Padres Week 4 Review

Thursday vs. Rockies (1-3 Loss)

Everth Cabrera recorded the first hit of the game with two outs in the bottom of the third and the Rockies got their first knock to lead off the sixth inning (Nolan Arenado double). In other words, Ian Kennedy and Franklin Morales both brought their A+ stuff to the park, a true pleasure to watch for baseball purists.

Chris Denorfia singled after Cabrera broke the hit seal, but Jedd Gyorko left two runners in scoring position with a soft ground out to third base. The Rockies were unable to cash in on Arenado’s leadoff double, as the next three batters went down in order, seeing only 10 pitches in the process. This game was destined to be decided by which team could scratch and claw across a few runs, and for a while, the Padres looked like that team.

Xavier Nady kicked off the fourth inning with a bomb to left field, a 1-0 cushion that felt like it may stand with Kennedy (two base runners allowed through six innings, while striking out six) absolutely dialed in. Unfortunately, that wasn’t the case. With his pitch count nearing triple digits, Kennedy began to fail to get ahead in counts like he did with regularity in the first six frames. With one out, Corey Dickerson drove a first pitch changeup to left field for a double and Troy Tuilowitzki worked a five pitch free pass. With Kennedy’s confidence shaken and Justin Morneau coming off of a strong performance, the game was going to be decided right here.

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The first pitch to Morneau was buried in the dirt and Kennedy had transformed from a strike throwing machine to a pitcher who needed a strike in the worst way. Morneau picked up on this and smoked a "get me over" curveball to right field for an RBI double that tied the game. With two runners in scoring position and Kennedy running on fumes, it was obvious that this game was now the Rockies to lose. Neither Wilin Rosario (RBI ground out) nor Arenado (ground ball single) hit the ball exceptionally hard, but they did enough to scratch across two more runs, two runs that felt like 10 in this pitchers dual.

After falling behind, the Padres sent the minimum to bat over the final three frames, and wasted another solid pitching performance (San Diego pitchers recorded more strikeouts than base runners allowed). The Padres had had issues with runners in scoring position all season, but that wasn’t the case in this one (they hit .500 with RISP). That being said, having two at-bats with runners in scoring position is going to win very few games, and walking only once certainly isn’t going to increase your odds. For the evening, the Padres put seven men on base, three of which were erased via the double play. We saw last week that low scoring games are potentially a great thing against top shelf pitching (they beat Max Scherzer and had every chance to beat Justin Verlander), but the inability to put runs on the board will also keep lesser teams/pitchers (a reliever converted starter with a .406 career winning percentage) in the game longer than they should be.

Friday vs Giants (2-1 Win)

On a day were there were at least 10 runs scored in seven games, the Padres and Giants combined for just 10 hits. In other words, the Padres had them right where they wanted them.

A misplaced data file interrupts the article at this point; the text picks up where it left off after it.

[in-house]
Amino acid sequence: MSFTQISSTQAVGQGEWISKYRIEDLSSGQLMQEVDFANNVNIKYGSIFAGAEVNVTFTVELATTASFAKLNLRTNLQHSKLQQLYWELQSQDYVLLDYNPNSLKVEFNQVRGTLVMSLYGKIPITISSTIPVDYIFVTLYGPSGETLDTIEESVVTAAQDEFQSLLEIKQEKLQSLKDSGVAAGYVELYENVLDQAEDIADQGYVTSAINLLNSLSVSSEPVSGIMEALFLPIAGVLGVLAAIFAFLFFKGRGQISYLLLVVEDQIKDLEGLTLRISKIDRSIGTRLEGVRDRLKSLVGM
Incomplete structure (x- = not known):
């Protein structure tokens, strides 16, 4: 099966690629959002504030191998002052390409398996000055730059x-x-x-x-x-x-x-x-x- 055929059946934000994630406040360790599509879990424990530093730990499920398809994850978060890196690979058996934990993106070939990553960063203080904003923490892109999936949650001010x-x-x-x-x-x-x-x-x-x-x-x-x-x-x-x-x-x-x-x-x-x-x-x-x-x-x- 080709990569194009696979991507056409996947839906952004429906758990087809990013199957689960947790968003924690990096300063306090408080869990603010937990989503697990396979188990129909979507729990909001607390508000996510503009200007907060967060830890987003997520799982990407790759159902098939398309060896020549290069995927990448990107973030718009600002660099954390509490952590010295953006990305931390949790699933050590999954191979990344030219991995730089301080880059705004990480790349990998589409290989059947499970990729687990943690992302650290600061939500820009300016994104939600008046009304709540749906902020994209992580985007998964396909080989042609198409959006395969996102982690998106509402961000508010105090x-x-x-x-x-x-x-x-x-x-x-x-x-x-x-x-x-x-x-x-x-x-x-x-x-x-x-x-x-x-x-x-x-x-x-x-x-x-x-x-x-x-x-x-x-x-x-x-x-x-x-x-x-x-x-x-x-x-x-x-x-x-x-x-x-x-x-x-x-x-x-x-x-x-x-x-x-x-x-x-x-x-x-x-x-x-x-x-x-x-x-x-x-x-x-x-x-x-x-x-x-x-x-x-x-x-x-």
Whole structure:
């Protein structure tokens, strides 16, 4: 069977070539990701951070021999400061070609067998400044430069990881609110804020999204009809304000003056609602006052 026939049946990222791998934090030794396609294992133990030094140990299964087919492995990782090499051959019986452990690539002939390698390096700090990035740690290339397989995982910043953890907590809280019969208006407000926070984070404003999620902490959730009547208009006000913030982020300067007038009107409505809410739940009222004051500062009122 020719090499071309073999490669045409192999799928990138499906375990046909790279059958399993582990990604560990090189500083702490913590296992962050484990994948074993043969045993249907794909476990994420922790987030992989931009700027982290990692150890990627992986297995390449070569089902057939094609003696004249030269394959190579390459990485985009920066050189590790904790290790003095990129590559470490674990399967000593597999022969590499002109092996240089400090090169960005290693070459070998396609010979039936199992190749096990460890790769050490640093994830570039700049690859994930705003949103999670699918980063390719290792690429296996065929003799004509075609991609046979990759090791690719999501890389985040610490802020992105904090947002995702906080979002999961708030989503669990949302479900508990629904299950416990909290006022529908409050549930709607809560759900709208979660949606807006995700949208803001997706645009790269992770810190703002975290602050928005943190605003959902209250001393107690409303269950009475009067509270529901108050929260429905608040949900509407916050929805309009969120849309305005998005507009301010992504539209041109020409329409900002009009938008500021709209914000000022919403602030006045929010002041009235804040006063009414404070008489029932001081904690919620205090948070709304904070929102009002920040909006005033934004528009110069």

Both teams showed some promise early, as Angel Pagan led off the game with a ground rule double and the Padres got a one-out triple from Chris Denorfia, but the bats took the next 6.5 innings off. Tyson Ross was able to pitch around the extra base hit to start the game with relative ease, as it took him just six pitches to induce a fly out, record a strikeout, and force a harmless pop out. Matt Cain seemed destined to work his way out of an early pickle as well after Seth Smith grounded out to first base, failing to cash in Denorfia with one out, but his defense let him down. After Jedd Gyorko failed to lay down a first pitch bunt (a strategy that is questionable at least in the first inning of a 0-0 game for your cleanup hitter), Cain stayed away from the powerful second baseman, attempting to get him to chase off speed pitches out of the zone. He didn’t offer, so when Cain fell behind 3-1, it was no surprise that he was looking to move past Gyorko and challenge Will Venable. His changeup, however, ended up in the dirt, and scooted past backup catcher Hector Sanchez, allowing Denorfia to charge home. It wasn’t pretty, but it was a run scored, something neither of these teams would do again until the bottom of the eighth inning.

How bad was the hitting (or good was the starting pitching)? At one point there were 18 batters set down in a row. That’s right. Not a single base runner, for either team, after a leadoff single by Brandon Belt in the fourth inning until Pablo Sandoval walked to lead off the seventh. Following Sandoval’s single, Ross issued a free pass (after going ahead 1-2 in the count) to the free-swinging Hunter Pence, giving the Giants multiple base runners for the first time all night. Ross seemed to be running out of steam a bit as his final three pitches to Pence and first two to Sanchez all missed the strike zone, but he caught a big time break. Sanchez (who’s a lifetime .260 hitter and hitting only .136 this season) had the green light and grounded a 2-0 off speed pitch softly up the middle (the only ball he put in play all day). Everth Cabrera stepped on second base and easily beat Sanchez to first with the throw, essentially killing this rally. With the tying run standing at third base, Brandon Crawford squared up a Ross fastball, but San Diego had him played perfectly, and Cabrera hardly had to move his mitt to end the inning.